Mississippi County judge Randy Carney says, “We may be a small town in a small county in a small state but we don’t act like it sometimes.”
It’s a fitting description of a steel mill coming to Osceola with it 525 fulltime jobs with an average salary of $75,000.
John Correnti is bringing Big River Steel to the area.
“This site, if you go see it, is steel mill heaven,” he says.
The company will make specialty steel used by electric companies at transmission stations, and also steel alloys now being used in car and truck frames.
But Correnti says it’s about more.
“The right tools, the right equipment, you train them properly, you keep management the heck out of their way, and Katie bar the door, the governor will be calling me a liar because they won’t be making $75,000, they’ll be making $100,000,” Correnti says.
Dickie Kennemore says, “These guys that come off of the farms, they’ll be able to educate their kids, send them to college, feed their kids and have a quality of life and self esteem they’ve never had before.”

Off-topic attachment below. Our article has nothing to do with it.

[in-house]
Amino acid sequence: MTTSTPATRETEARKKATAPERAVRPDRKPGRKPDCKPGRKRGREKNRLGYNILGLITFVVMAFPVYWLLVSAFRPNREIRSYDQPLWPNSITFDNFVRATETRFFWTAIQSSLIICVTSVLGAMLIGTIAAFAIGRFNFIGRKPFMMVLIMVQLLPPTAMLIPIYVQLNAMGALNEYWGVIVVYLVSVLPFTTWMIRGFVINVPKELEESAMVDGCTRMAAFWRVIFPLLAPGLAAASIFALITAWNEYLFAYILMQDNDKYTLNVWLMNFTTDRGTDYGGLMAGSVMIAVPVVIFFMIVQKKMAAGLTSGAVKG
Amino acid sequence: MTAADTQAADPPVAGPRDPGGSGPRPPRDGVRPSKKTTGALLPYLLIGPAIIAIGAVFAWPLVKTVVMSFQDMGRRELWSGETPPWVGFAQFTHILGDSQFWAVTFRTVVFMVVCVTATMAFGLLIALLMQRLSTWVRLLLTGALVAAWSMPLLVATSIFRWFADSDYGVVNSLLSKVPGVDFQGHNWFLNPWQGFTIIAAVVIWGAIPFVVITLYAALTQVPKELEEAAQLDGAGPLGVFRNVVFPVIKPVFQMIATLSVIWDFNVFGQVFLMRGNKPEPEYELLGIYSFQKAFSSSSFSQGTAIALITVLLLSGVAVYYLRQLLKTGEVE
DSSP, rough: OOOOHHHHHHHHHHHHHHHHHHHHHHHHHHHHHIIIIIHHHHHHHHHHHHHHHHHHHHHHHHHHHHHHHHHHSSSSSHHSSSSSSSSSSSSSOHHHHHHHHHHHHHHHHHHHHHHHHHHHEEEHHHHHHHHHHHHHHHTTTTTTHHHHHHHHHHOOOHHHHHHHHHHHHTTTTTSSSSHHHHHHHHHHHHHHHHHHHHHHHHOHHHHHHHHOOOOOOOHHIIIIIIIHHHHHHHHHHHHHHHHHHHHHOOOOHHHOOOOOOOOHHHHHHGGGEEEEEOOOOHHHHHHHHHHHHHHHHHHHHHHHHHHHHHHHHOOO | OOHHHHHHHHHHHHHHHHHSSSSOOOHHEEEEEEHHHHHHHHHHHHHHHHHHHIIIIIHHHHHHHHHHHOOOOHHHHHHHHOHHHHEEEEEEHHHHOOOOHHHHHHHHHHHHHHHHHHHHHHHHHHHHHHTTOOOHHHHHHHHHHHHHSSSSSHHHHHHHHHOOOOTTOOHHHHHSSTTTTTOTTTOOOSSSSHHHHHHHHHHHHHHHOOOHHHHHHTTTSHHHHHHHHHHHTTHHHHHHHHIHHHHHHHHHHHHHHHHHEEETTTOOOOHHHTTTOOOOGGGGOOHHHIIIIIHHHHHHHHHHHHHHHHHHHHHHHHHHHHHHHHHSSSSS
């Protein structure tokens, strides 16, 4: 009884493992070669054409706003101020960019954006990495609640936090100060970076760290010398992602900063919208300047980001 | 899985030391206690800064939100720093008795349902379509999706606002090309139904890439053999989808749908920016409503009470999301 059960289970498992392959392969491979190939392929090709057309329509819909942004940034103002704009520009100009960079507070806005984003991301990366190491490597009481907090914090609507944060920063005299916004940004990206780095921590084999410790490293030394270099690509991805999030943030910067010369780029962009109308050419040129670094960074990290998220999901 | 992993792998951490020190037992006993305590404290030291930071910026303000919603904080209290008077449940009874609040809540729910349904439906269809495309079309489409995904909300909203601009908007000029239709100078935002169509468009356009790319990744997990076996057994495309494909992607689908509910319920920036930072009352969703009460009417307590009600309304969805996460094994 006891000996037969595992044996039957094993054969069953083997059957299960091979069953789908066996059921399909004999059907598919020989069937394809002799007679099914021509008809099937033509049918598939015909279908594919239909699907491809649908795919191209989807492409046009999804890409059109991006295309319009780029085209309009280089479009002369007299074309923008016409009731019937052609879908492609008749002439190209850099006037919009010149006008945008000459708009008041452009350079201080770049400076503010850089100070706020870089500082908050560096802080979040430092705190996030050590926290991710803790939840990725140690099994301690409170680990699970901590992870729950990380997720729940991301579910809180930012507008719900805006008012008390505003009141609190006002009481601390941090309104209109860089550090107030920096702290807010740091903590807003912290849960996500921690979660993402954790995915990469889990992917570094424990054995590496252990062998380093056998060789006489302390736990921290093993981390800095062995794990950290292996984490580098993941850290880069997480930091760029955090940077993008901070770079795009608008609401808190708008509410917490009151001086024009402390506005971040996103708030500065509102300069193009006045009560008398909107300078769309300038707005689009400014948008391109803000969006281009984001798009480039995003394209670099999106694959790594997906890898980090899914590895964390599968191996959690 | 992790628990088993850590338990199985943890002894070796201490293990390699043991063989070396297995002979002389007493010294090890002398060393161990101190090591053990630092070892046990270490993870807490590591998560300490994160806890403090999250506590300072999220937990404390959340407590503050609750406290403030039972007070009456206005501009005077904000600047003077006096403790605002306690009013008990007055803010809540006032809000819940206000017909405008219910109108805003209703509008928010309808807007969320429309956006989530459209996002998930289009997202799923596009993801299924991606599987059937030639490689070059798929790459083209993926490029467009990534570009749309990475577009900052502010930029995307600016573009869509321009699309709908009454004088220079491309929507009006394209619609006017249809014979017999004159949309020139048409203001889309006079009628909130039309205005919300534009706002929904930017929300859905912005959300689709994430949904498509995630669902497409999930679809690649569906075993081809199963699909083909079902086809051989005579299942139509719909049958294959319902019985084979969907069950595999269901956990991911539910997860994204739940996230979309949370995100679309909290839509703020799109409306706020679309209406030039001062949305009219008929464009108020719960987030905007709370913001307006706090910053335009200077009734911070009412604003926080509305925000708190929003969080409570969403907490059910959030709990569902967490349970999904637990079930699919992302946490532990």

Next step, the legislature will have to approve $125-million in bonds, the state’s obligation to lure the first ever “Super-project” to Arkansas.
“I expect people who thought they had to move to Dallas or Los Angeles or somewhere to get a high paying job in a manufacturing sector, that won’t have to do that anymore,” Governor Mike Beebe says.
If all goes as planned, the steel mill will break ground in Mississippi County later this year and be open sometime in 2015.
In addition to the 525 permanent jobs, there will also be more than 2000 construction jobs to build the steel mill.
A super-project is defined as anything that brings at least 500 permanent jobs and a $500-million investment.